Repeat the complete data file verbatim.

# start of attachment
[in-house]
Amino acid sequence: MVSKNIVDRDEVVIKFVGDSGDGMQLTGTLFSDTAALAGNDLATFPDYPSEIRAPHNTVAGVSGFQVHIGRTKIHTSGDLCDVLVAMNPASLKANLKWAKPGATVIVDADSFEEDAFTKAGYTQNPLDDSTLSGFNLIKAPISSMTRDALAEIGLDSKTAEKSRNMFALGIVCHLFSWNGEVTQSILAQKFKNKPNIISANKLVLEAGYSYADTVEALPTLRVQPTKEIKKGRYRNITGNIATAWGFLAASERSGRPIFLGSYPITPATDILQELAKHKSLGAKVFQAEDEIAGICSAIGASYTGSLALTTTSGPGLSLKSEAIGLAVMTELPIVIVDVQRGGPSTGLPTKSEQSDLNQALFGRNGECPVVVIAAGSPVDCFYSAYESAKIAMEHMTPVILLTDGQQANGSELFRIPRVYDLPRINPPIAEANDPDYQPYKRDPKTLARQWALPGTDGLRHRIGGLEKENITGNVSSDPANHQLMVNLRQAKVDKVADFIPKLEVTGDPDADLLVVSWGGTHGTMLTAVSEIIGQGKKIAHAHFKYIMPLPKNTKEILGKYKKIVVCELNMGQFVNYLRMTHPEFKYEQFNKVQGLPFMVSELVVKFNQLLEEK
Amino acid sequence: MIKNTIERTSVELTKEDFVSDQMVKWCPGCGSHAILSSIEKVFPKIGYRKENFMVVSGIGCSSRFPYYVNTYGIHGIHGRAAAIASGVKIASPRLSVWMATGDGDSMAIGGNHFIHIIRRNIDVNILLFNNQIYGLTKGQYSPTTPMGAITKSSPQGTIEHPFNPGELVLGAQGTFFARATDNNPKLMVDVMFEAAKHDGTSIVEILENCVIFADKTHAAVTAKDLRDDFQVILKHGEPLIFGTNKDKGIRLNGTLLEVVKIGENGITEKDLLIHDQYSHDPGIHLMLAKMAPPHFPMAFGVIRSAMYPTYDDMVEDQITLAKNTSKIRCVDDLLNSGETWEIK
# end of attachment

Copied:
[in-house]
Amino acid sequence: MVSKNIVDRDEVVIKFVGDSGDGMQLTGTLFSDTAALAGNDLATFPDYPSEIRAPHNTVAGVSGFQVHIGRTKIHTSGDLCDVLVAMNPASLKANLKWAKPGATVIVDADSFEEDAFTKAGYTQNPLDDSTLSGFNLIKAPISSMTRDALAEIGLDSKTAEKSRNMFALGIVCHLFSWNGEVTQSILAQKFKNKPNIISANKLVLEAGYSYADTVEALPTLRVQPTKEIKKGRYRNITGNIATAWGFLAASERSGRPIFLGSYPITPATDILQELAKHKSLGAKVFQAEDEIAGICSAIGASYTGSLALTTTSGPGLSLKSEAIGLAVMTELPIVIVDVQRGGPSTGLPTKSEQSDLNQALFGRNGECPVVVIAAGSPVDCFYSAYESAKIAMEHMTPVILLTDGQQANGSELFRIPRVYDLPRINPPIAEANDPDYQPYKRDPKTLARQWALPGTDGLRHRIGGLEKENITGNVSSDPANHQLMVNLRQAKVDKVADFIPKLEVTGDPDADLLVVSWGGTHGTMLTAVSEIIGQGKKIAHAHFKYIMPLPKNTKEILGKYKKIVVCELNMGQFVNYLRMTHPEFKYEQFNKVQGLPFMVSELVVKFNQLLEEK
Amino acid sequence: MIKNTIERTSVELTKEDFVSDQMVKWCPGCGSHAILSSIEKVFPKIGYRKENFMVVSGIGCSSRFPYYVNTYGIHGIHGRAAAIASGVKIASPRLSVWMATGDGDSMAIGGNHFIHIIRRNIDVNILLFNNQIYGLTKGQYSPTTPMGAITKSSPQGTIEHPFNPGELVLGAQGTFFARATDNNPKLMVDVMFEAAKHDGTSIVEILENCVIFADKTHAAVTAKDLRDDFQVILKHGEPLIFGTNKDKGIRLNGTLLEVVKIGENGITEKDLLIHDQYSHDPGIHLMLAKMAPPHFPMAFGVIRSAMYPTYDDMVEDQITLAKNTSKIRCVDDLLNSGETWEIK